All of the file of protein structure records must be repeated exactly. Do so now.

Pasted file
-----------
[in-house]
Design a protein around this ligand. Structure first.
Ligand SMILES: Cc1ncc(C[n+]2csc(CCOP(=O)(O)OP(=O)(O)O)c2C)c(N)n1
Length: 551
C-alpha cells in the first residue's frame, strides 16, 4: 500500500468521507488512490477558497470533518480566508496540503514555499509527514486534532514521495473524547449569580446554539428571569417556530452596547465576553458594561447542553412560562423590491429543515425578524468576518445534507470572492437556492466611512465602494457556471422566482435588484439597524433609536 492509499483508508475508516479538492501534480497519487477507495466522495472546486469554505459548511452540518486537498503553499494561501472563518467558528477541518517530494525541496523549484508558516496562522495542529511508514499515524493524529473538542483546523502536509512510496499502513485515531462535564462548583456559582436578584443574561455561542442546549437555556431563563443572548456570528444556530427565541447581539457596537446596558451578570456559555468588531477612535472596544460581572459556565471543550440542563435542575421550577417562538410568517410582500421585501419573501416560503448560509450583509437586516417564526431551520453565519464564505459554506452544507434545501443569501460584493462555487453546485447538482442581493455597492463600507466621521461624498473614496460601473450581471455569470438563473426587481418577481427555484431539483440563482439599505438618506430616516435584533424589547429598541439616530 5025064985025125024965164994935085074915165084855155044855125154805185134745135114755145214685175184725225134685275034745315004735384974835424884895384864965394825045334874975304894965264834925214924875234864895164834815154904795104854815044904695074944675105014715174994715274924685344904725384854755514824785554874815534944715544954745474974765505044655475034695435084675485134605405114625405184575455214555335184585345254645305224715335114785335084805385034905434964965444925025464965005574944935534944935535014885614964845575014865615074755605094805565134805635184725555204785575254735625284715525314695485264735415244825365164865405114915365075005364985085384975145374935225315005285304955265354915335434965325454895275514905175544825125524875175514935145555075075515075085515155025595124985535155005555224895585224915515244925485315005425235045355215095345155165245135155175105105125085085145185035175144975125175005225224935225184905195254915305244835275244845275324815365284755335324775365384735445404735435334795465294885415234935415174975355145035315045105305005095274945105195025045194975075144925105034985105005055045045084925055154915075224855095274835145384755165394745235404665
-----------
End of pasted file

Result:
[in-house]
Design a protein around this ligand. Structure first.
Ligand SMILES: Cc1ncc(C[n+]2csc(CCOP(=O)(O)OP(=O)(O)O)c2C)c(N)n1
Length: 551
C-alpha cells in the first residue's frame, strides 16, 4: 500500500468521507488512490477558497470533518480566508496540503514555499509527514486534532514521495473524547449569580446554539428571569417556530452596547465576553458594561447542553412560562423590491429543515425578524468576518445534507470572492437556492466611512465602494457556471422566482435588484439597524433609536 492509499483508508475508516479538492501534480497519487477507495466522495472546486469554505459548511452540518486537498503553499494561501472563518467558528477541518517530494525541496523549484508558516496562522495542529511508514499515524493524529473538542483546523502536509512510496499502513485515531462535564462548583456559582436578584443574561455561542442546549437555556431563563443572548456570528444556530427565541447581539457596537446596558451578570456559555468588531477612535472596544460581572459556565471543550440542563435542575421550577417562538410568517410582500421585501419573501416560503448560509450583509437586516417564526431551520453565519464564505459554506452544507434545501443569501460584493462555487453546485447538482442581493455597492463600507466621521461624498473614496460601473450581471455569470438563473426587481418577481427555484431539483440563482439599505438618506430616516435584533424589547429598541439616530 5025064985025125024965164994935085074915165084855155044855125154805185134745135114755145214685175184725225134685275034745315004735384974835424884895384864965394825045334874975304894965264834925214924875234864895164834815154904795104854815044904695074944675105014715174994715274924685344904725384854755514824785554874815534944715544954745474974765505044655475034695435084675485134605405114625405184575455214555335184585345254645305224715335114785335084805385034905434964965444925025464965005574944935534944935535014885614964845575014865615074755605094805565134805635184725555204785575254735625284715525314695485264735415244825365164865405114915365075005364985085384975145374935225315005285304955265354915335434965325454895275514905175544825125524875175514935145555075075515075085515155025595124985535155005555224895585224915515244925485315005425235045355215095345155165245135155175105105125085085145185035175144975125175005225224935225184905195254915305244835275244845275324815365284755335324775365384735445404735435334795465294885415234935415174975355145035315045105305005095274945105195025045194975075144925105034985105005055045045084925055154915075224855095274835145384755165394745235404665